However, in the scenario above we only have 3 hosts per location. The question then is, where is this delta component created then? As normally with maintenance mode you would need a 4th host to move data to. Well, it is simple, in this case, what vSAN does is it creates a “durability component” on the host where the witness resides, within the location of course. Let me show you in a diagram, as that makes it clear instantly.
By adding the Durability component next to the witness on esxi-host-3, vSAN enhances durability even in this stretched cluster situation, as it provides a local additional copy of new writes. Now, of course I tested this in my lab. So for those who prefer to see a demo, check out the youtube video below.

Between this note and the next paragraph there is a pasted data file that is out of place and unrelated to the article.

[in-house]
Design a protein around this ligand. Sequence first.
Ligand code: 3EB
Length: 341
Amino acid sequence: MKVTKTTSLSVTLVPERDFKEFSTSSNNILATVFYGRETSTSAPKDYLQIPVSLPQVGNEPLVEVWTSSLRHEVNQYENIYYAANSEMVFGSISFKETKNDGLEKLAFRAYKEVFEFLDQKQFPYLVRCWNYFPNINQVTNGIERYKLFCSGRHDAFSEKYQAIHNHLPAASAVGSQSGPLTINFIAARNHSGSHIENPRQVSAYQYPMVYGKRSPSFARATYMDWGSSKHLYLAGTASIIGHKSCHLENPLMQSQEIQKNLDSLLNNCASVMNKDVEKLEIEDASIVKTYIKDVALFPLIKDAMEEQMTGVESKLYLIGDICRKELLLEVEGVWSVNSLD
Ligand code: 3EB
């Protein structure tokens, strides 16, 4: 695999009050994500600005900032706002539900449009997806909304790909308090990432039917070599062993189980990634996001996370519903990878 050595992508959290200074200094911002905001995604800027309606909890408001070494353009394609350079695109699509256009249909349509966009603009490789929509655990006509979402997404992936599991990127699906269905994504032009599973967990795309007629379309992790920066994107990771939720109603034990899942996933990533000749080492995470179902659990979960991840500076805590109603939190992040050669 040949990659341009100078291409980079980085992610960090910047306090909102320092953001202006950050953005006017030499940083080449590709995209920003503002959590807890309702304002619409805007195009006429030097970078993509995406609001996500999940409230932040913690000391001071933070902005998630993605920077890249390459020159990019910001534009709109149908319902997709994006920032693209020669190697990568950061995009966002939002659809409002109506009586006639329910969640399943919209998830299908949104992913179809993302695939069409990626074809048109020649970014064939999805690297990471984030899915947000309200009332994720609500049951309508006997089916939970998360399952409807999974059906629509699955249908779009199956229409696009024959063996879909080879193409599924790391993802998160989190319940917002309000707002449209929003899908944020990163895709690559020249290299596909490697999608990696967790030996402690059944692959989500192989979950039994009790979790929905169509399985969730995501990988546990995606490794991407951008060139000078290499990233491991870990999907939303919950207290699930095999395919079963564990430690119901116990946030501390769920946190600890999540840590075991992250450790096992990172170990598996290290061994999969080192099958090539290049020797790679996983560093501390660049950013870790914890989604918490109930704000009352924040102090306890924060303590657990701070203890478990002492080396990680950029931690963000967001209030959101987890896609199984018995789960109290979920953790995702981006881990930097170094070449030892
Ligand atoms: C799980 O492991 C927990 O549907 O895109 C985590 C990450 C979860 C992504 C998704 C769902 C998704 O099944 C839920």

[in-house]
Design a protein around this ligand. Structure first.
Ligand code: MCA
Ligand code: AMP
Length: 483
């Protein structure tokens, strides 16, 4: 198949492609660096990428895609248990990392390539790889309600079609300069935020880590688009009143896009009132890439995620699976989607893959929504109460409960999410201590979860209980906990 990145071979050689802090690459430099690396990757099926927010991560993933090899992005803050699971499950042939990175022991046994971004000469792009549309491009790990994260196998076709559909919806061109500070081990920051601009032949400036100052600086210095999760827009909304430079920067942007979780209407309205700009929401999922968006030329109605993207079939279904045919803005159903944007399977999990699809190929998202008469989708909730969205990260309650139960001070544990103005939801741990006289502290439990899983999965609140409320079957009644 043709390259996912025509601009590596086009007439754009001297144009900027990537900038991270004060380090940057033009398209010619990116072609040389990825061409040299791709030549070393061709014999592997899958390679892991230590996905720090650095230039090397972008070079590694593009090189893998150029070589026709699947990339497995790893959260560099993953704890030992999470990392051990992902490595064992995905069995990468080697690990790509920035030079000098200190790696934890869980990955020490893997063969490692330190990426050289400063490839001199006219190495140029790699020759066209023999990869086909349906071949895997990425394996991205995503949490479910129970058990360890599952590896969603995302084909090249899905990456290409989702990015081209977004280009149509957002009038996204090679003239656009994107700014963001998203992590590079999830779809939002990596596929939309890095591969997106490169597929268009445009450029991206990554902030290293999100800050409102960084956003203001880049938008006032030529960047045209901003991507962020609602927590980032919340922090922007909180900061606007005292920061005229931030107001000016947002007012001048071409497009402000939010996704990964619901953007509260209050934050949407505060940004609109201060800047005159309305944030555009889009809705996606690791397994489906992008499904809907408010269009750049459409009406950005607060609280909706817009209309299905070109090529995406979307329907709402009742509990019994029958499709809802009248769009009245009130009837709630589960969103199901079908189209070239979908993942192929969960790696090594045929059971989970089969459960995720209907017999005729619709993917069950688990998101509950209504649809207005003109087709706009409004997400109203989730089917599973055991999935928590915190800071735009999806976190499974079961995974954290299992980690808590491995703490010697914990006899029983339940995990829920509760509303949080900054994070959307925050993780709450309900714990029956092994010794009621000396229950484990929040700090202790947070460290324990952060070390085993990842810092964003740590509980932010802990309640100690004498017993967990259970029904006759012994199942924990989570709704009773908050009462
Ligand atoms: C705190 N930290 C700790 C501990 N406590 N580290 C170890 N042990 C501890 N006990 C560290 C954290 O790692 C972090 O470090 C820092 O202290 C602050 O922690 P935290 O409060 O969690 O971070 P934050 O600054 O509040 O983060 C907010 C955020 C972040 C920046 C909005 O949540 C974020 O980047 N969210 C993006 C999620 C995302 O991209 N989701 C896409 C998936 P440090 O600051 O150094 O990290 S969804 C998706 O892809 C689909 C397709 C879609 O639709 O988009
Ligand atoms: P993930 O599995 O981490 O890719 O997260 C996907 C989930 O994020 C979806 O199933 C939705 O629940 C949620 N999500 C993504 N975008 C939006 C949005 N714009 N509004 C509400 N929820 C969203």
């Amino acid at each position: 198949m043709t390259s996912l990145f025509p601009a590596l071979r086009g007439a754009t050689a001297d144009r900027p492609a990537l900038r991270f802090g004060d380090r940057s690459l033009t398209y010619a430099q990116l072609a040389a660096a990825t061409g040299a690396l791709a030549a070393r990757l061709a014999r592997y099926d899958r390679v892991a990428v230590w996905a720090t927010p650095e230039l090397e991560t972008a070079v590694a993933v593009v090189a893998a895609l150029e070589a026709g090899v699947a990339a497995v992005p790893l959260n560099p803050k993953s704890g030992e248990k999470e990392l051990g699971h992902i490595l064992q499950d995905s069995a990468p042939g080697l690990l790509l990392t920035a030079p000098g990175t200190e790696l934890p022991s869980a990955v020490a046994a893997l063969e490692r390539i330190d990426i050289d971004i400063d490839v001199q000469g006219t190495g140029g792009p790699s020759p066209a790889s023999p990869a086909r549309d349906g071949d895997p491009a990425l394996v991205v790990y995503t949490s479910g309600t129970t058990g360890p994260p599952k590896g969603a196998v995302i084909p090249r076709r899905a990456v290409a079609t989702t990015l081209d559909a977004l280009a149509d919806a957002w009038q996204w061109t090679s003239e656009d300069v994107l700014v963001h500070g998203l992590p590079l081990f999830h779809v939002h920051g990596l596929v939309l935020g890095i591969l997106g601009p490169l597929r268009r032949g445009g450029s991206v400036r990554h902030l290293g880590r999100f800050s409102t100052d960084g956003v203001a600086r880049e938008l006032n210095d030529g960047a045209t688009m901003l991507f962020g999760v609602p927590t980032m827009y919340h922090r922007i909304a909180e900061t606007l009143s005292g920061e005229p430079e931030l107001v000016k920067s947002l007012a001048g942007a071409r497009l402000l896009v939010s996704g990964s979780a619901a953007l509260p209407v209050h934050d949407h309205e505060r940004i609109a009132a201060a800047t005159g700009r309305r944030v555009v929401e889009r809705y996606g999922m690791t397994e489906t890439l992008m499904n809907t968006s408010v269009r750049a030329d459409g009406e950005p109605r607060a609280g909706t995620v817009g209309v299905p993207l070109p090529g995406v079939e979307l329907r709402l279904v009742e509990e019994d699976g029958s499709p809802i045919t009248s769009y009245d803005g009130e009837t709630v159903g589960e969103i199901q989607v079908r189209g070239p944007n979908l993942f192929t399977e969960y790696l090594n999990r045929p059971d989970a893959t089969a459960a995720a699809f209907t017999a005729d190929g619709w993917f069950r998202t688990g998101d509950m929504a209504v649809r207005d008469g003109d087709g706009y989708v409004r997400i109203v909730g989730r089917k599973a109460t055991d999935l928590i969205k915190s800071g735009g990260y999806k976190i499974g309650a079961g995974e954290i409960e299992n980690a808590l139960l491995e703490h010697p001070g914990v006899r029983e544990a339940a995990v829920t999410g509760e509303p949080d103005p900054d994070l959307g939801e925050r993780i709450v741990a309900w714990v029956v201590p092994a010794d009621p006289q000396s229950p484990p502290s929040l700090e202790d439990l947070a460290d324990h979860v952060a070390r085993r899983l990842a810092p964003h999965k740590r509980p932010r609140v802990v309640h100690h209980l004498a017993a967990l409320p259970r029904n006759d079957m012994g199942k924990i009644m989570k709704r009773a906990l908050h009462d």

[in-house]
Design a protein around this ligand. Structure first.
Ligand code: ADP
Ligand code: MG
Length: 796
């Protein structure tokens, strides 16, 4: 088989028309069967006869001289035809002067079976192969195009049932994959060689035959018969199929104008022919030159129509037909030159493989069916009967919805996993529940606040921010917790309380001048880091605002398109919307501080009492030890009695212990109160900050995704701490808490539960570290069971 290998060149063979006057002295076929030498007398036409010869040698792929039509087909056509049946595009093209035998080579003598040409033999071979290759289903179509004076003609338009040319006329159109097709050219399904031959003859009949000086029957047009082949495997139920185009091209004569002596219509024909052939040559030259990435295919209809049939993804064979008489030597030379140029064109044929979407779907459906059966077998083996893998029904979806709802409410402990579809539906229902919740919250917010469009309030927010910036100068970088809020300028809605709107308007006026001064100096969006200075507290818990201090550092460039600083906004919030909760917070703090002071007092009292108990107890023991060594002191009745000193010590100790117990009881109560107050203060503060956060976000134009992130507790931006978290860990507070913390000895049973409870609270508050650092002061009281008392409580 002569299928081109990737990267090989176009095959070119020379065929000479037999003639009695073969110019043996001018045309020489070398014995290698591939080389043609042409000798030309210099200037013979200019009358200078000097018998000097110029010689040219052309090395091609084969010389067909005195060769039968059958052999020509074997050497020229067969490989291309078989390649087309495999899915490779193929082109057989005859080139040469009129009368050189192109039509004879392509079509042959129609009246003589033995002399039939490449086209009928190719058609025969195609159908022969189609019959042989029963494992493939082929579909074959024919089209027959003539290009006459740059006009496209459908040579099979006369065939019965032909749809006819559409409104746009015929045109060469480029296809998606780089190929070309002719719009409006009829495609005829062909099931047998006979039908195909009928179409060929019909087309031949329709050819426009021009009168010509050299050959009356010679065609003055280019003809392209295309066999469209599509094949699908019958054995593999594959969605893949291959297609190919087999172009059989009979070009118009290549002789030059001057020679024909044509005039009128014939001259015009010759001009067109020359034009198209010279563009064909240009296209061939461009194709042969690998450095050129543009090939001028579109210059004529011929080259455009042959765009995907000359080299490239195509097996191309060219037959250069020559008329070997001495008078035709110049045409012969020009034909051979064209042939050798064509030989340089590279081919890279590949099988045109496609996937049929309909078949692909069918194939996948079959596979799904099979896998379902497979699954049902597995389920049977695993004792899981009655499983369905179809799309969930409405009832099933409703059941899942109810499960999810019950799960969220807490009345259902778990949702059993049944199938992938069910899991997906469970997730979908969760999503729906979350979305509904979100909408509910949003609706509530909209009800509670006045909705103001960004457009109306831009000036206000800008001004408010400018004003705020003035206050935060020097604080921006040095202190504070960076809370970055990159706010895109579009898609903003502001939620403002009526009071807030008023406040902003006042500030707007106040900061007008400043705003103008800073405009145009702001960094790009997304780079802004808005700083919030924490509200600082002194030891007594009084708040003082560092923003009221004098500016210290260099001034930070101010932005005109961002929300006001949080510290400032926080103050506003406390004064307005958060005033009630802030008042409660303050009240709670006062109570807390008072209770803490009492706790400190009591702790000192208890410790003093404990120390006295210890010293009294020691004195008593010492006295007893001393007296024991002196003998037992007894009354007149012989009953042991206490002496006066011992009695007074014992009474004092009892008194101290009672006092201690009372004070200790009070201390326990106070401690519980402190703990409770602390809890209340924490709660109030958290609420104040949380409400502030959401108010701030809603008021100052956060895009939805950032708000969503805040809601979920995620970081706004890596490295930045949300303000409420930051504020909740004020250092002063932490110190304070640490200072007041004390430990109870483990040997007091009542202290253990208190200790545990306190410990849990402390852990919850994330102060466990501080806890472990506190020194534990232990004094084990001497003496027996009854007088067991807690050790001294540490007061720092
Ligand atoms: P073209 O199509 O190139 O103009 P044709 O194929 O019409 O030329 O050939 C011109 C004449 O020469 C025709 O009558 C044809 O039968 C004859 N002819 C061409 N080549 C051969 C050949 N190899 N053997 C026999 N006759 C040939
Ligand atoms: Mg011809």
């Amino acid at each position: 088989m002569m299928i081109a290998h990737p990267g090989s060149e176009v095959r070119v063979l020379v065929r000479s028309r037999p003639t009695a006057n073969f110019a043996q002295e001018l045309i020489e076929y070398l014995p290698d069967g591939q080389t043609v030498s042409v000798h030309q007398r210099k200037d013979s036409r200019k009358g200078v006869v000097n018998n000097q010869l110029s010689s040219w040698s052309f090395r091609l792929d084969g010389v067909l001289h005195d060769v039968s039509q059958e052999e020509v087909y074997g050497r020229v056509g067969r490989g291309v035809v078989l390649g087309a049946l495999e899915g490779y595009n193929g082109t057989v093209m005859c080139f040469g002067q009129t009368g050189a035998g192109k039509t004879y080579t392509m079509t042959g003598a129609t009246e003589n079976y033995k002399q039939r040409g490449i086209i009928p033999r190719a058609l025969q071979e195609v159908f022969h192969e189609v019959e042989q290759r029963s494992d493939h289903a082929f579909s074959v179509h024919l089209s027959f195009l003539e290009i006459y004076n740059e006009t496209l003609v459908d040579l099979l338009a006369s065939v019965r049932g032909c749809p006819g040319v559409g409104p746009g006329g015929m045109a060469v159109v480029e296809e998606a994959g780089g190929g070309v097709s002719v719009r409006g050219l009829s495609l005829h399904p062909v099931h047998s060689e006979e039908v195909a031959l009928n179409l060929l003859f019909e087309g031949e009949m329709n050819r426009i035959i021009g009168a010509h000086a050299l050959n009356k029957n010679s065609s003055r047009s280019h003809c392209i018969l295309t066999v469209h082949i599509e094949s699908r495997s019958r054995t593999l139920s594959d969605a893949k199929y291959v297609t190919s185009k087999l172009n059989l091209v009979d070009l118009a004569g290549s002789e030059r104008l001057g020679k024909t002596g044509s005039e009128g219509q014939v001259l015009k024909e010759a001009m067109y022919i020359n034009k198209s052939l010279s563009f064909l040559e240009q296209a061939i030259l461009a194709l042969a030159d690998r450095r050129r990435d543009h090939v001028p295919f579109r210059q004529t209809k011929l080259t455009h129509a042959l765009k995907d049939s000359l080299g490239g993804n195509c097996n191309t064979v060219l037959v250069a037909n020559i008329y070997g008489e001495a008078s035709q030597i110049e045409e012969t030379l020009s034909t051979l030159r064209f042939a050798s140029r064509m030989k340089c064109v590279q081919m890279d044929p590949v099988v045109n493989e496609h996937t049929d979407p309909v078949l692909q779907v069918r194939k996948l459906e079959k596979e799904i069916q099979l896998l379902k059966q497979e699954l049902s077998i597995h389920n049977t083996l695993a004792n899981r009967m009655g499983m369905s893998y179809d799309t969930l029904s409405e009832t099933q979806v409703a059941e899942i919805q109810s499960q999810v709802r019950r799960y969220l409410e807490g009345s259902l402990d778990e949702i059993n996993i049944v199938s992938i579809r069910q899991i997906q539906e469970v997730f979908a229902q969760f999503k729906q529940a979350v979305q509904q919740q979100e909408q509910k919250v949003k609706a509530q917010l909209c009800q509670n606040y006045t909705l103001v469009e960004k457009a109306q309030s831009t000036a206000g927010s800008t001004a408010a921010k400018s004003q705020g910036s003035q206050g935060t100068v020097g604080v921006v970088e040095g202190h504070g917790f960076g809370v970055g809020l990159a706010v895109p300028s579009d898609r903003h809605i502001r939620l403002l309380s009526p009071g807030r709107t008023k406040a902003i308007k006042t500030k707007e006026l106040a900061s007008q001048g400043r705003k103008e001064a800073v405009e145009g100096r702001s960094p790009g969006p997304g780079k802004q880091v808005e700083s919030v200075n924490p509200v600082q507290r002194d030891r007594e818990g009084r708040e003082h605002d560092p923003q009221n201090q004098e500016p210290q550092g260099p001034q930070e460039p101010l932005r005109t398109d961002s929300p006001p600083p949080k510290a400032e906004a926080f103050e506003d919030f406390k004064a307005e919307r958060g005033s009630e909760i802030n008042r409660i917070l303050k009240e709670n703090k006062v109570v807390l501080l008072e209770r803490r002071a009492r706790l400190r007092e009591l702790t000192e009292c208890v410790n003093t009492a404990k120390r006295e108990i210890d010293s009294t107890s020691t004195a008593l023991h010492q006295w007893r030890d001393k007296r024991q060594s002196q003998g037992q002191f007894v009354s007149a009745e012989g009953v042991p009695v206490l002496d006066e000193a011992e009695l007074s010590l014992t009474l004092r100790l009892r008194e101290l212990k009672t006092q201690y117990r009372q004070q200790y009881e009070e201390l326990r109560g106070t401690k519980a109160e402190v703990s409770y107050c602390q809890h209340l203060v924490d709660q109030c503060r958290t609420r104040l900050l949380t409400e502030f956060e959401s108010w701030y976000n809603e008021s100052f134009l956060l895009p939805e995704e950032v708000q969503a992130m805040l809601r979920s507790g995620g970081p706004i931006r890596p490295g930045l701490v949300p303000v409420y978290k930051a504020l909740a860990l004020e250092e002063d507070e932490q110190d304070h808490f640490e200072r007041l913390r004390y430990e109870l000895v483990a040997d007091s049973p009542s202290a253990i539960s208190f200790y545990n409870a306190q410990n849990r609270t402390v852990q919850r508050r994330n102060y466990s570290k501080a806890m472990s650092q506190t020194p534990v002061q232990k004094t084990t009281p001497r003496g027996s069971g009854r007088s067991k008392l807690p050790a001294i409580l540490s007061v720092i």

Last week at the French VMUG we received a great question. The question was whether you can use HCI Mesh (datastore sharing) with a stand-alone vSphere Host. The answer is simple, no you cannot. VMware does not support enabling vSAN, and HCI Mesh, on a single stand-alone host. However, if you still want to mount a vSAN Datastore from a single vSphere host, there is a way around this limitation.
First, let’s list the requirements:
- The host needs to be managed by the same vCenter Server as the vSAN Cluster
- The host needs to be under the same virtual datacenter as the vSAN Cluster
- Low latency, high bandwidth connection between the host and the vSAN Cluster
If you meet these requirements, then what you can do to mount the vSAN Datastore to a single host is the following:
- Create a cluster without any services enabled
- Add the stand-alone host to the cluster
- Enable vSAN, select “vSAN HCI Mesh Compute Cluster”
- Mount the datastore